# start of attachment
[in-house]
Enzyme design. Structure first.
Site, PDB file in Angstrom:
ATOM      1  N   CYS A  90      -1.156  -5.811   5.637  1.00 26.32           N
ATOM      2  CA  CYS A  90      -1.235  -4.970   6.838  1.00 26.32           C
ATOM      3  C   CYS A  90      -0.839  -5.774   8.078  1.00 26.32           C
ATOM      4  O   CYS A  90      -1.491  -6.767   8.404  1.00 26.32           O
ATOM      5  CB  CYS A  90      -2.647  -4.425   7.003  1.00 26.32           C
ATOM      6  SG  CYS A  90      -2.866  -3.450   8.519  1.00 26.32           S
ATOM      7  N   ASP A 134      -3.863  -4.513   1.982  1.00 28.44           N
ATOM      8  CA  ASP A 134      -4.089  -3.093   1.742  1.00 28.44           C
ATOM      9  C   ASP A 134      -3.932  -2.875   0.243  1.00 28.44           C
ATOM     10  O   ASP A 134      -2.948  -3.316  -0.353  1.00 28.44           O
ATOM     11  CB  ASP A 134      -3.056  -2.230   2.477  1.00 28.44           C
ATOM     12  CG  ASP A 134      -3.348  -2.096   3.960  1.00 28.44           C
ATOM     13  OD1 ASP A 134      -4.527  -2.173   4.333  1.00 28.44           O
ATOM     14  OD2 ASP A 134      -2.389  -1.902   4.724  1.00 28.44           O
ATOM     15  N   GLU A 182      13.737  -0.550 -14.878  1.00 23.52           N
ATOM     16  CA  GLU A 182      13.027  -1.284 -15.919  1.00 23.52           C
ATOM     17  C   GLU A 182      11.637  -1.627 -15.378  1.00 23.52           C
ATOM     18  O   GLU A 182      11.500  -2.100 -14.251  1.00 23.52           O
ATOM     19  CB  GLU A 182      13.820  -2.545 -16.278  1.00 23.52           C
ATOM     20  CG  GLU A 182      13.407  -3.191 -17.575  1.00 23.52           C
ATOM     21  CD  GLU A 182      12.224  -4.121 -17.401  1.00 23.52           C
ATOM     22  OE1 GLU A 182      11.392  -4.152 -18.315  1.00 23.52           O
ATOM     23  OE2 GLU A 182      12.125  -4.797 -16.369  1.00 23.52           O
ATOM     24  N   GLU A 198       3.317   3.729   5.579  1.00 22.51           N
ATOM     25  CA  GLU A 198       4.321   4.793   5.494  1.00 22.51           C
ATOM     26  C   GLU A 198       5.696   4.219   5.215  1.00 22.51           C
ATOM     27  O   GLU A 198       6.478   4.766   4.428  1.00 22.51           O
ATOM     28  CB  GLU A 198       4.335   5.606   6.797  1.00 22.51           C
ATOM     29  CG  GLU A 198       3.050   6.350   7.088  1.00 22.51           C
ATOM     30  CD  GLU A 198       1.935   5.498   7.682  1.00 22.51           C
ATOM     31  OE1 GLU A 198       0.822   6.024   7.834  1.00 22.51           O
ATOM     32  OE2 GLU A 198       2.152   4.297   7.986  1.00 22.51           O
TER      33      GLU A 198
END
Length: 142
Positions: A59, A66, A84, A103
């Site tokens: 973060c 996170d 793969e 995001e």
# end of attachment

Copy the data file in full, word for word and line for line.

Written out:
[in-house]
Enzyme design. Structure first.
Site, PDB file in Angstrom:
ATOM      1  N   CYS A  90      -1.156  -5.811   5.637  1.00 26.32           N
ATOM      2  CA  CYS A  90      -1.235  -4.970   6.838  1.00 26.32           C
ATOM      3  C   CYS A  90      -0.839  -5.774   8.078  1.00 26.32           C
ATOM      4  O   CYS A  90      -1.491  -6.767   8.404  1.00 26.32           O
ATOM      5  CB  CYS A  90      -2.647  -4.425   7.003  1.00 26.32           C
ATOM      6  SG  CYS A  90      -2.866  -3.450   8.519  1.00 26.32           S
ATOM      7  N   ASP A 134      -3.863  -4.513   1.982  1.00 28.44           N
ATOM      8  CA  ASP A 134      -4.089  -3.093   1.742  1.00 28.44           C
ATOM      9  C   ASP A 134      -3.932  -2.875   0.243  1.00 28.44           C
ATOM     10  O   ASP A 134      -2.948  -3.316  -0.353  1.00 28.44           O
ATOM     11  CB  ASP A 134      -3.056  -2.230   2.477  1.00 28.44           C
ATOM     12  CG  ASP A 134      -3.348  -2.096   3.960  1.00 28.44           C
ATOM     13  OD1 ASP A 134      -4.527  -2.173   4.333  1.00 28.44           O
ATOM     14  OD2 ASP A 134      -2.389  -1.902   4.724  1.00 28.44           O
ATOM     15  N   GLU A 182      13.737  -0.550 -14.878  1.00 23.52           N
ATOM     16  CA  GLU A 182      13.027  -1.284 -15.919  1.00 23.52           C
ATOM     17  C   GLU A 182      11.637  -1.627 -15.378  1.00 23.52           C
ATOM     18  O   GLU A 182      11.500  -2.100 -14.251  1.00 23.52           O
ATOM     19  CB  GLU A 182      13.820  -2.545 -16.278  1.00 23.52           C
ATOM     20  CG  GLU A 182      13.407  -3.191 -17.575  1.00 23.52           C
ATOM     21  CD  GLU A 182      12.224  -4.121 -17.401  1.00 23.52           C
ATOM     22  OE1 GLU A 182      11.392  -4.152 -18.315  1.00 23.52           O
ATOM     23  OE2 GLU A 182      12.125  -4.797 -16.369  1.00 23.52           O
ATOM     24  N   GLU A 198       3.317   3.729   5.579  1.00 22.51           N
ATOM     25  CA  GLU A 198       4.321   4.793   5.494  1.00 22.51           C
ATOM     26  C   GLU A 198       5.696   4.219   5.215  1.00 22.51           C
ATOM     27  O   GLU A 198       6.478   4.766   4.428  1.00 22.51           O
ATOM     28  CB  GLU A 198       4.335   5.606   6.797  1.00 22.51           C
ATOM     29  CG  GLU A 198       3.050   6.350   7.088  1.00 22.51           C
ATOM     30  CD  GLU A 198       1.935   5.498   7.682  1.00 22.51           C
ATOM     31  OE1 GLU A 198       0.822   6.024   7.834  1.00 22.51           O
ATOM     32  OE2 GLU A 198       2.152   4.297   7.986  1.00 22.51           O
TER      33      GLU A 198
END
Length: 142
Positions: A59, A66, A84, A103
């Site tokens: 973060c 996170d 793969e 995001e």